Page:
Minister for Finance Paschal Donohoe plans on Tuesday to publish a long-delayed outline of proposed laws to make it easier for the Central Bank to fine and disqualify senior managers in banks, insurers and other financial firms for failings under their watch.
The expected publication of the heads of the Central Bank (Individual Accountability) Bill after a Cabinet meeting comes more than two years after Mr Donohoe secured permission from the last government to press ahead with drafting the shape of legislation – and three years after the Central Bank of Ireland asked for the powers.
A central aim of the planned rules is to do away with a key part of the existing regime, or what is known as the “participation link”, where regulators must first find that a financial firm committed regulatory breaches before they can take individuals to task.
The rules will require firms to set out clearly where responsibility and decision-making lie. They will impose a requirement that senior executives take all reasonable steps to ensure the area of the business for which they are responsible is controlled effectively and complies with any regulatory requirements.
"The Central Bank is increasingly focusing its attention on going after individuals who engage in, or tolerate, misconduct," said Ciaran Walker, a consultant in financial services regulation and governance with law firm Eversheds Sutherland, adding that individual accountability should improve governance and behaviours in financial firms.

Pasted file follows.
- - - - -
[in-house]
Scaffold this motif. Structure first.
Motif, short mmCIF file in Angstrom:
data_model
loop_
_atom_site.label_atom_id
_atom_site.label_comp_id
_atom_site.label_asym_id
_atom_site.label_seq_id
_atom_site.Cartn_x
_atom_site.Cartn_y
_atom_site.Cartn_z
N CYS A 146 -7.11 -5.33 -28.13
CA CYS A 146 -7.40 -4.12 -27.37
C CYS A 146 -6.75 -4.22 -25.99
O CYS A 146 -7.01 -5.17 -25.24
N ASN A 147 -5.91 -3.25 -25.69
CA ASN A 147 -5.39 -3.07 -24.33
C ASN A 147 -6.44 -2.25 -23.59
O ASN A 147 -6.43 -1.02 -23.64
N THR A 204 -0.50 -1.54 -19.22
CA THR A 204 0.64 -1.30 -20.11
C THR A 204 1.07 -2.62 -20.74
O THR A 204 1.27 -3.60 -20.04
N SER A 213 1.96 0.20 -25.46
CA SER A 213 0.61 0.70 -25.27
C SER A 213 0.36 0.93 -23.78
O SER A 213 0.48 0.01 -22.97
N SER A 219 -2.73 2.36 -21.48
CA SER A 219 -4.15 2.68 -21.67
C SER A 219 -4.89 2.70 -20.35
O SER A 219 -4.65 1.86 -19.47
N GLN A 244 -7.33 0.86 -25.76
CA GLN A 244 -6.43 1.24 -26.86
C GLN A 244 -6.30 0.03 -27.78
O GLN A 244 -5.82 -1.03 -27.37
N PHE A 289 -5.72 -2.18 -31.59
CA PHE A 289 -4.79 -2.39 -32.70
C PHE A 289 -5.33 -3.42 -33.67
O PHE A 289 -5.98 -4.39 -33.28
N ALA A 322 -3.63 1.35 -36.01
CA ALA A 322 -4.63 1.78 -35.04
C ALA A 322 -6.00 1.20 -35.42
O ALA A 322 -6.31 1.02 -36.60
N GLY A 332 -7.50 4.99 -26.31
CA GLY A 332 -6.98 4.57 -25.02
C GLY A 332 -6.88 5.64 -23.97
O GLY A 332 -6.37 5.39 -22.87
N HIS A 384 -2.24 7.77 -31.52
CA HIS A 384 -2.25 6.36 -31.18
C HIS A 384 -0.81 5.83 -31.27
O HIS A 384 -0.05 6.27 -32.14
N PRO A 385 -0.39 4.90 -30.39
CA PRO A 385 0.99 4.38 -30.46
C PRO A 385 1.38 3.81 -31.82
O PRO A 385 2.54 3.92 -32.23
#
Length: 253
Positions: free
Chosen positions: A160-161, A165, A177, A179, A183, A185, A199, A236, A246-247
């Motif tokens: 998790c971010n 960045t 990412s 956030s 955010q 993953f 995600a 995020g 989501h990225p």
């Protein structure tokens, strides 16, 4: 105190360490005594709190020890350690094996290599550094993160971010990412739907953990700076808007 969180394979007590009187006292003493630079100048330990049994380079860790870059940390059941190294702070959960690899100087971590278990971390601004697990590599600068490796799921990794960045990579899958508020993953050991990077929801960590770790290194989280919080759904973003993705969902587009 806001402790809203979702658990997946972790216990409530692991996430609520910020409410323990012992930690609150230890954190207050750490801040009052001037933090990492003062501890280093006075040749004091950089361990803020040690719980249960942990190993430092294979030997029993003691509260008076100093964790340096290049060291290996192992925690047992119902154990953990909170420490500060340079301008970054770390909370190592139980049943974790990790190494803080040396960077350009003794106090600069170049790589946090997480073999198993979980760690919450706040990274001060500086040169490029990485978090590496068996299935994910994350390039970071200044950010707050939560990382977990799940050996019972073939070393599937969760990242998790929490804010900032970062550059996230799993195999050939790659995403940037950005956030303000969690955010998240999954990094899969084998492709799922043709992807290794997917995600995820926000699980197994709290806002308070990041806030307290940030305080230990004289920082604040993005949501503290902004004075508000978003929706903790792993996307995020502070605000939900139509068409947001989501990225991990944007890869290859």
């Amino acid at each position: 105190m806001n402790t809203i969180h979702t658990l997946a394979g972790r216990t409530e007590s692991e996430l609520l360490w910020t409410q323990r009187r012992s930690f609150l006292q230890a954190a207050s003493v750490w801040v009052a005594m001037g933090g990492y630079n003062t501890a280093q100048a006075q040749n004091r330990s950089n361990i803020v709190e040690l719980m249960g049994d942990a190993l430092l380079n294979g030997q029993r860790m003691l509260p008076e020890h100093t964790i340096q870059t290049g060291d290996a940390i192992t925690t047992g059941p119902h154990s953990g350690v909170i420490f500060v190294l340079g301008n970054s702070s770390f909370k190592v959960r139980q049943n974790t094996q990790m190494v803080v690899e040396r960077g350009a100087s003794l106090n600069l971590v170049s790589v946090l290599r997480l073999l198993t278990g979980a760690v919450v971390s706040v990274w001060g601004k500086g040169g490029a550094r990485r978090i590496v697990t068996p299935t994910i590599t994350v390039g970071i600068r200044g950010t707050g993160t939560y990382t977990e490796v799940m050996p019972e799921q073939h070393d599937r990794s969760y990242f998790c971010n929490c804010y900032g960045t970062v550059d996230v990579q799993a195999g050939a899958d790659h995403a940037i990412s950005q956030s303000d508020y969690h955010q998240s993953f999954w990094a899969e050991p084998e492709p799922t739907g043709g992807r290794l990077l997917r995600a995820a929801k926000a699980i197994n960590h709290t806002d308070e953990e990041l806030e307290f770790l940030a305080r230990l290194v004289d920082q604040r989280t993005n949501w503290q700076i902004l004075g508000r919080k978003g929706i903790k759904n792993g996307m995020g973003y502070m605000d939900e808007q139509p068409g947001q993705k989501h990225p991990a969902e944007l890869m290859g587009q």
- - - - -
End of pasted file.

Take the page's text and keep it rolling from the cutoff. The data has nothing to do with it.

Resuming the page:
“It will focus the minds of individuals at all levels of a regulated firm, from board members and senior management to those in less senior positions, on the risks to them individually, in terms of professional reputation, employment prospects and Central Bank sanctions, of engaging in, facilitating or turning a blind eye to misconduct.”
In June 2018, the Central Bank called for a senior executive accountability regime, similar to one introduced in the UK two years earlier, as it published a scathing report on the culture of banks in the wake of the tracker-mortgage scandal. While Mr Donohoe committed in October 2018 to introducing draft laws in early 2019, the Department of Finance’s subsequent focus on Brexit meant that it would be the following June before he even got Cabinet approval to proceed with drafting the heads of a Bill.
Delay until 2022
A change in government and Covid-19 have further delayed the process. Meanwhile, the department said late last year that its officials were seeking the advice of the Attorney General’s office to make sure the planned regime would not be open to challenge for impinging on individuals’ constitutional rights.
It is unlikely that the new rules will be in place until well into 2022 – four years after the Central Bank called for the new powers. That’s because the regulator aims to put the mechanics of its intended senior executive accountability regime out to public consultation after the Bill is enacted.
The planned legislation will also see the introduction of conduct standards for individuals and firms in the financial sector and enhance the Central Bank’s existing fitness and probity regime that assesses the suitability and standing of senior staff in regulated firms, the Minister has previously said.